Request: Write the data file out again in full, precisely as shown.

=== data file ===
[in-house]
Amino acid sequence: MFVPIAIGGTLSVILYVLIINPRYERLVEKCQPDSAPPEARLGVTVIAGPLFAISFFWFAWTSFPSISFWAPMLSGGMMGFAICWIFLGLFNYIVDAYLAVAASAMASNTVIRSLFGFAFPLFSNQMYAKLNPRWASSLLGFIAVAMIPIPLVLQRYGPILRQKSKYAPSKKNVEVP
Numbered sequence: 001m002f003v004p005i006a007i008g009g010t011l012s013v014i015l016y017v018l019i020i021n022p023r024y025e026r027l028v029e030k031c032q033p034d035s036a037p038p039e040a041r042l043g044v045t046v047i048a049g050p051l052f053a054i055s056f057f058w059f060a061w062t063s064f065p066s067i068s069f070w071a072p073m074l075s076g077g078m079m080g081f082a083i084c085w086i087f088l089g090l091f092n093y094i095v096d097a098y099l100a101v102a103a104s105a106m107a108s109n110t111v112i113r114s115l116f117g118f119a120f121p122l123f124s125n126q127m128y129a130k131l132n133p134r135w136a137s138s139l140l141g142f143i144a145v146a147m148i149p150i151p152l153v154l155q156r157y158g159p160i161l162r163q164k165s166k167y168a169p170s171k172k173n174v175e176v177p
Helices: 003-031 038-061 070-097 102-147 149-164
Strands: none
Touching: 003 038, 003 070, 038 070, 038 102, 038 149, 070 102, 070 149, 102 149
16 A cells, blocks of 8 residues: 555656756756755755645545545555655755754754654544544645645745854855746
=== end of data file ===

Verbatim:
[in-house]
Amino acid sequence: MFVPIAIGGTLSVILYVLIINPRYERLVEKCQPDSAPPEARLGVTVIAGPLFAISFFWFAWTSFPSISFWAPMLSGGMMGFAICWIFLGLFNYIVDAYLAVAASAMASNTVIRSLFGFAFPLFSNQMYAKLNPRWASSLLGFIAVAMIPIPLVLQRYGPILRQKSKYAPSKKNVEVP
Numbered sequence: 001m002f003v004p005i006a007i008g009g010t011l012s013v014i015l016y017v018l019i020i021n022p023r024y025e026r027l028v029e030k031c032q033p034d035s036a037p038p039e040a041r042l043g044v045t046v047i048a049g050p051l052f053a054i055s056f057f058w059f060a061w062t063s064f065p066s067i068s069f070w071a072p073m074l075s076g077g078m079m080g081f082a083i084c085w086i087f088l089g090l091f092n093y094i095v096d097a098y099l100a101v102a103a104s105a106m107a108s109n110t111v112i113r114s115l116f117g118f119a120f121p122l123f124s125n126q127m128y129a130k131l132n133p134r135w136a137s138s139l140l141g142f143i144a145v146a147m148i149p150i151p152l153v154l155q156r157y158g159p160i161l162r163q164k165s166k167y168a169p170s171k172k173n174v175e176v177p
Helices: 003-031 038-061 070-097 102-147 149-164
Strands: none
Touching: 003 038, 003 070, 038 070, 038 102, 038 149, 070 102, 070 149, 102 149
16 A cells, blocks of 8 residues: 555656756756755755645545545555655755754754654544544645645745854855746